Netbooks: 9 to 11 inch screen, $300-$400: Best for on-the-go portability and long battery life, but heavy-duty apps will overwhelm it.

Ultraportable: 11.5 to 13 inch screen, $500 to $800: Best blend of ready portability and performance, optimal for frequent travelers; usually lacks a DVD or other internal optical drive.

Thin-and-light: 13 to 15 inch screen, $600 to $1200: Best bang for the buck, with near-desktop performance and reasonable portability.

Desktop replacement: 15 to 17 inch screen, $1200 and up: Best performance, features and display, but at the expense of battery life and portability; great for power users.

Inside the Box: Core Components

Unlike desktop PCs, laptop computers can limit your options when it comes to upgrades like adding hard drives or even memory. First, figure out what will go inside your laptop to ensure your system is equipped to the mission you've defined.

Processor: The processor or CPU is the brain of your new PC and will define what your system can (or can not) handle. Even netbook computers today are adopting dual-core processors, which pack two CPUs on a single chip to let you get real work done even while other tasks like virus checking or music and video playback are going on. I highly recommend a 64-bit processor to ensure you can run the latest operating systems and applications.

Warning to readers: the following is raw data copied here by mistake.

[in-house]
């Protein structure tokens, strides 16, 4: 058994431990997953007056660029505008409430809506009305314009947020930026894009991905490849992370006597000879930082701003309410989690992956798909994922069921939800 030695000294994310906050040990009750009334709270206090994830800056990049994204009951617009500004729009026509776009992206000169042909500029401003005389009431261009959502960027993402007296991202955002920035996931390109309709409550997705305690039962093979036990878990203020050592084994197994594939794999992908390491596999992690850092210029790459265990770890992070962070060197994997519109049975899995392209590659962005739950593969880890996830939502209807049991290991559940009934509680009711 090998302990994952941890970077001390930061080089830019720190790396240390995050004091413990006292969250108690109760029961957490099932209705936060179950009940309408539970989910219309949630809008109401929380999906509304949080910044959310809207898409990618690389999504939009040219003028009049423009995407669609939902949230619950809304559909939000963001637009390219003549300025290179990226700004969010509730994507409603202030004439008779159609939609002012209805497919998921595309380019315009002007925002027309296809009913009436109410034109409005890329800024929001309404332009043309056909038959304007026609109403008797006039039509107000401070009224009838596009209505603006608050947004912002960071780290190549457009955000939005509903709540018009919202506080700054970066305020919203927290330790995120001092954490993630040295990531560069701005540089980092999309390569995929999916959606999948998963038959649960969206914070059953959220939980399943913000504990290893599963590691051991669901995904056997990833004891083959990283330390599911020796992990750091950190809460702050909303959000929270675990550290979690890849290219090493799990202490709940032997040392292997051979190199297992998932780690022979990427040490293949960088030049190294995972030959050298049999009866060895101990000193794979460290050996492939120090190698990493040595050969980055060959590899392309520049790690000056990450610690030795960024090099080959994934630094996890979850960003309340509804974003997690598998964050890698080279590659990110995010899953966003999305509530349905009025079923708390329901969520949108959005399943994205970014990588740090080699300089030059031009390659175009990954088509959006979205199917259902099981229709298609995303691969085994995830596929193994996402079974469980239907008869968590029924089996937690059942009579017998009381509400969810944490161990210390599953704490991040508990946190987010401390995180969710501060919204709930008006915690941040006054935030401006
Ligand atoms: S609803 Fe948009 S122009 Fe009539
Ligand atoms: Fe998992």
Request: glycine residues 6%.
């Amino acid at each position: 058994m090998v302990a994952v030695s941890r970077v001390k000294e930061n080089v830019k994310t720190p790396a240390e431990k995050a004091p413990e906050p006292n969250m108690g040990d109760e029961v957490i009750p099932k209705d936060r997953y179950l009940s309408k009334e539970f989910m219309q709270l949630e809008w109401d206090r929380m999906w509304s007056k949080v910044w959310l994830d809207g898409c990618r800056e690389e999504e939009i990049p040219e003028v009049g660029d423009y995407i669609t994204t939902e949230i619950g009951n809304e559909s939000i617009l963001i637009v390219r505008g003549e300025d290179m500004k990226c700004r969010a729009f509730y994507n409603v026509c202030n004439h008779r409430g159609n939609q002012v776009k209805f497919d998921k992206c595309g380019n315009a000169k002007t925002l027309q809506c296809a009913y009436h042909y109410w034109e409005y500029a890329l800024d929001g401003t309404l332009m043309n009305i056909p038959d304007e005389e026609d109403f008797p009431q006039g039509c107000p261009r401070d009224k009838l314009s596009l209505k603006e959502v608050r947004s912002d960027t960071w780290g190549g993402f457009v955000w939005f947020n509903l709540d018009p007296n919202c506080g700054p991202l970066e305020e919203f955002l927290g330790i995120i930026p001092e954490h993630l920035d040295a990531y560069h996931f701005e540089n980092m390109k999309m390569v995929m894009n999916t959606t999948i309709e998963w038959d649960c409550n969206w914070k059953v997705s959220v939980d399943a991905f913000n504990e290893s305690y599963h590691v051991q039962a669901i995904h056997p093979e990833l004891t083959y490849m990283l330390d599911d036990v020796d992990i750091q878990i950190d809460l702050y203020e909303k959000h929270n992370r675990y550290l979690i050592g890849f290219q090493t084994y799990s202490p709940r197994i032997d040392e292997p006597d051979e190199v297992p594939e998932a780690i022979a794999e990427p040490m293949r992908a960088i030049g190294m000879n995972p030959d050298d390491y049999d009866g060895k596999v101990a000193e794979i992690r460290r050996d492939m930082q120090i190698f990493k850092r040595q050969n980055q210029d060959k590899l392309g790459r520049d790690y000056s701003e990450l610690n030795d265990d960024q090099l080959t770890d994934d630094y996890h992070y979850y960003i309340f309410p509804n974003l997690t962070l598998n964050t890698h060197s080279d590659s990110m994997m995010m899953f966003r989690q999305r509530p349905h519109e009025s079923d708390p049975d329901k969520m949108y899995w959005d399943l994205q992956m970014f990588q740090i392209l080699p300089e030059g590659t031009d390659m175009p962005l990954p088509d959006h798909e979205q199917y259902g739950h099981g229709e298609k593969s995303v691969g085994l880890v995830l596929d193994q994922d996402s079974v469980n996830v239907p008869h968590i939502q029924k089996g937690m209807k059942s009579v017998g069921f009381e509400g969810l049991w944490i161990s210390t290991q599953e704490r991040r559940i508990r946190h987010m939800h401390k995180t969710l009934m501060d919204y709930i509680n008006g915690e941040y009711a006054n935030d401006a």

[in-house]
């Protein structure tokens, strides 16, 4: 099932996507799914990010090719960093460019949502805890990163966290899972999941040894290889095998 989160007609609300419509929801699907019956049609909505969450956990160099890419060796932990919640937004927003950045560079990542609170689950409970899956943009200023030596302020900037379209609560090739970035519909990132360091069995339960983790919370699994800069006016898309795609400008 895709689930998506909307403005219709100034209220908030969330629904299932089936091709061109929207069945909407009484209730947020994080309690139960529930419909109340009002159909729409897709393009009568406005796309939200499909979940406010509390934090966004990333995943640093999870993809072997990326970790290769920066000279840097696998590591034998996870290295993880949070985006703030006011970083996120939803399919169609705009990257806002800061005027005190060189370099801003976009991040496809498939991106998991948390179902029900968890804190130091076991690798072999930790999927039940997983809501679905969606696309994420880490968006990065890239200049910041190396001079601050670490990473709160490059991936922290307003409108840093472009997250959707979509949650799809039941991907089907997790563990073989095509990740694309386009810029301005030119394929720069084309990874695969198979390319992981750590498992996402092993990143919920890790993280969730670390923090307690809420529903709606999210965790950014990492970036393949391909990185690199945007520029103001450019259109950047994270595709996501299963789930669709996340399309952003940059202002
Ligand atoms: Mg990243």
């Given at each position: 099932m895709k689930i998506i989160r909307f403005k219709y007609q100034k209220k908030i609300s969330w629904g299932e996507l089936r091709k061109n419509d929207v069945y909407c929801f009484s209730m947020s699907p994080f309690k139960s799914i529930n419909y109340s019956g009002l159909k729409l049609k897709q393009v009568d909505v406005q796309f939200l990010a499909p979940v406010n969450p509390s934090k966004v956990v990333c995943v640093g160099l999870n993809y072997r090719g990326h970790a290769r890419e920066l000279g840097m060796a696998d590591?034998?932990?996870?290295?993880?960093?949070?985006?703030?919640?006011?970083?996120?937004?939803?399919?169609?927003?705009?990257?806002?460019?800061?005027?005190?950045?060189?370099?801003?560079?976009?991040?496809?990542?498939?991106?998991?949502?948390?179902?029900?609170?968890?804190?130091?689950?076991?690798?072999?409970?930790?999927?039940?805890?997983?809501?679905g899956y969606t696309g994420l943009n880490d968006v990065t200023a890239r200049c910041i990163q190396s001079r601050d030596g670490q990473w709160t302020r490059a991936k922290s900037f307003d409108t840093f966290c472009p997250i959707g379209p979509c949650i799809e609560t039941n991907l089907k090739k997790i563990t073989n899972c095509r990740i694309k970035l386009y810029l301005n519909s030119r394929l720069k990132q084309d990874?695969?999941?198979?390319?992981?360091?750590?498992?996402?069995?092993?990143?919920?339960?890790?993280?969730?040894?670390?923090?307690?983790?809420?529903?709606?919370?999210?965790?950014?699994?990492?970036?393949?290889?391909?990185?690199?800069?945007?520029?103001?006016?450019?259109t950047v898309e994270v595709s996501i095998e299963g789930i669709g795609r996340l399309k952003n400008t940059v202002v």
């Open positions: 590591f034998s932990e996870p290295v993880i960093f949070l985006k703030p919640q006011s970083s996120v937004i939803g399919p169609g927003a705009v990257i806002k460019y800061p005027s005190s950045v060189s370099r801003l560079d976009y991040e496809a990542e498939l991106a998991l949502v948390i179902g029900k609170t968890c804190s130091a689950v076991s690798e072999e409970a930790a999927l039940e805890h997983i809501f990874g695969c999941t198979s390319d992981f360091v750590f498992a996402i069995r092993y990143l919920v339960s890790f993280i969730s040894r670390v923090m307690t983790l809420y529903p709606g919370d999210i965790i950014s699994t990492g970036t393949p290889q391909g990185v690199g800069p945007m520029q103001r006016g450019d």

Hard Disk and Optical Drives: 200GB is a good minimum for hard disk size. It's big enough to handle all your media and other files, but inexpensive enough to keep you from breaking the bank. Remember you can always drop $150 on a terabyte-sized external USB drive, which you can then use for data backups. For larger notebooks, an internal DVD writer can lets you both run DVD discs and burn files to recordable DVD media. Smaller notebooks can use external disk drives, of course.